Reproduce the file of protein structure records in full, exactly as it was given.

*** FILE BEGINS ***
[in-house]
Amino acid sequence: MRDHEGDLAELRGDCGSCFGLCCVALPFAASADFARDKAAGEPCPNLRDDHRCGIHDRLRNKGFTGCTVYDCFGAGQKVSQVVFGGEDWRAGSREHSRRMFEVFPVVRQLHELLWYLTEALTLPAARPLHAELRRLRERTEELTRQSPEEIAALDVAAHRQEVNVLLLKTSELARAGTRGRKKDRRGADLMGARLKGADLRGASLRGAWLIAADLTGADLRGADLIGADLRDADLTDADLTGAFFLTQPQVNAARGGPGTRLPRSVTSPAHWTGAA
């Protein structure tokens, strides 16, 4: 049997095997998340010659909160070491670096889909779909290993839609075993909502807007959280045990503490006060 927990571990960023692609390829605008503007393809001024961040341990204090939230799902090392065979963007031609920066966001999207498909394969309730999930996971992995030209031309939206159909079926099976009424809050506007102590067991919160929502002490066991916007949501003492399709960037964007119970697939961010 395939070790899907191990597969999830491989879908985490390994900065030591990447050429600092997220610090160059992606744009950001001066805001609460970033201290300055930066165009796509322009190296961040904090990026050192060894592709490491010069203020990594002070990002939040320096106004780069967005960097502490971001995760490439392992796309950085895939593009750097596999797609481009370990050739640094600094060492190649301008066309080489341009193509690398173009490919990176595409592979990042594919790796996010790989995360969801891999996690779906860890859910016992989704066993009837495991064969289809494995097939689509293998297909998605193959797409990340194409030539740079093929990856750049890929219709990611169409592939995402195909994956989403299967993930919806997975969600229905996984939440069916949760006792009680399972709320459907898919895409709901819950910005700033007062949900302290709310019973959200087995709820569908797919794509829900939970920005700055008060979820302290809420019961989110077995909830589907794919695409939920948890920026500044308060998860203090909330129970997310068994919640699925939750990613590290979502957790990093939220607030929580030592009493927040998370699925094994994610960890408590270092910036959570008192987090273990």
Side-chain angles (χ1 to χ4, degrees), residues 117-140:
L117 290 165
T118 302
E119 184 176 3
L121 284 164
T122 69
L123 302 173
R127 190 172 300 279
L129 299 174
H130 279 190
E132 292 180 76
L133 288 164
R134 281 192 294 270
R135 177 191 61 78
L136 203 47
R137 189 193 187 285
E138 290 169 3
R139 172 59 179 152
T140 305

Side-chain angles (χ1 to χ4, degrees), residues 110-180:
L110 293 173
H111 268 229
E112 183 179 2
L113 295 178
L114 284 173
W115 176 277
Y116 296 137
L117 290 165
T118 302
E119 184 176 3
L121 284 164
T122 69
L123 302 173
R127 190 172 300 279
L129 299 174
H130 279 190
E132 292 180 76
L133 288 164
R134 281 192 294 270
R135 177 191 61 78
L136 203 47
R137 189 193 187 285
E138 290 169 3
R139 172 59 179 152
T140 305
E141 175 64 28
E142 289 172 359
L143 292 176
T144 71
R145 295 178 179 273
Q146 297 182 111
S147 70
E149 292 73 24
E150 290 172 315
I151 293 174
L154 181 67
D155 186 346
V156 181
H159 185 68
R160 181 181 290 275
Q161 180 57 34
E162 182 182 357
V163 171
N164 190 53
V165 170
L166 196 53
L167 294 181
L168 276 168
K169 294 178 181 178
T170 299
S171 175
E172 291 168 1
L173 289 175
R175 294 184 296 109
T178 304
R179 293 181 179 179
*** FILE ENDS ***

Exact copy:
[in-house]
Amino acid sequence: MRDHEGDLAELRGDCGSCFGLCCVALPFAASADFARDKAAGEPCPNLRDDHRCGIHDRLRNKGFTGCTVYDCFGAGQKVSQVVFGGEDWRAGSREHSRRMFEVFPVVRQLHELLWYLTEALTLPAARPLHAELRRLRERTEELTRQSPEEIAALDVAAHRQEVNVLLLKTSELARAGTRGRKKDRRGADLMGARLKGADLRGASLRGAWLIAADLTGADLRGADLIGADLRDADLTDADLTGAFFLTQPQVNAARGGPGTRLPRSVTSPAHWTGAA
């Protein structure tokens, strides 16, 4: 049997095997998340010659909160070491670096889909779909290993839609075993909502807007959280045990503490006060 927990571990960023692609390829605008503007393809001024961040341990204090939230799902090392065979963007031609920066966001999207498909394969309730999930996971992995030209031309939206159909079926099976009424809050506007102590067991919160929502002490066991916007949501003492399709960037964007119970697939961010 395939070790899907191990597969999830491989879908985490390994900065030591990447050429600092997220610090160059992606744009950001001066805001609460970033201290300055930066165009796509322009190296961040904090990026050192060894592709490491010069203020990594002070990002939040320096106004780069967005960097502490971001995760490439392992796309950085895939593009750097596999797609481009370990050739640094600094060492190649301008066309080489341009193509690398173009490919990176595409592979990042594919790796996010790989995360969801891999996690779906860890859910016992989704066993009837495991064969289809494995097939689509293998297909998605193959797409990340194409030539740079093929990856750049890929219709990611169409592939995402195909994956989403299967993930919806997975969600229905996984939440069916949760006792009680399972709320459907898919895409709901819950910005700033007062949900302290709310019973959200087995709820569908797919794509829900939970920005700055008060979820302290809420019961989110077995909830589907794919695409939920948890920026500044308060998860203090909330129970997310068994919640699925939750990613590290979502957790990093939220607030929580030592009493927040998370699925094994994610960890408590270092910036959570008192987090273990």
Side-chain angles (χ1 to χ4, degrees), residues 117-140:
L117 290 165
T118 302
E119 184 176 3
L121 284 164
T122 69
L123 302 173
R127 190 172 300 279
L129 299 174
H130 279 190
E132 292 180 76
L133 288 164
R134 281 192 294 270
R135 177 191 61 78
L136 203 47
R137 189 193 187 285
E138 290 169 3
R139 172 59 179 152
T140 305

Side-chain angles (χ1 to χ4, degrees), residues 110-180:
L110 293 173
H111 268 229
E112 183 179 2
L113 295 178
L114 284 173
W115 176 277
Y116 296 137
L117 290 165
T118 302
E119 184 176 3
L121 284 164
T122 69
L123 302 173
R127 190 172 300 279
L129 299 174
H130 279 190
E132 292 180 76
L133 288 164
R134 281 192 294 270
R135 177 191 61 78
L136 203 47
R137 189 193 187 285
E138 290 169 3
R139 172 59 179 152
T140 305
E141 175 64 28
E142 289 172 359
L143 292 176
T144 71
R145 295 178 179 273
Q146 297 182 111
S147 70
E149 292 73 24
E150 290 172 315
I151 293 174
L154 181 67
D155 186 346
V156 181
H159 185 68
R160 181 181 290 275
Q161 180 57 34
E162 182 182 357
V163 171
N164 190 53
V165 170
L166 196 53
L167 294 181
L168 276 168
K169 294 178 181 178
T170 299
S171 175
E172 291 168 1
L173 289 175
R175 294 184 296 109
T178 304
R179 293 181 179 179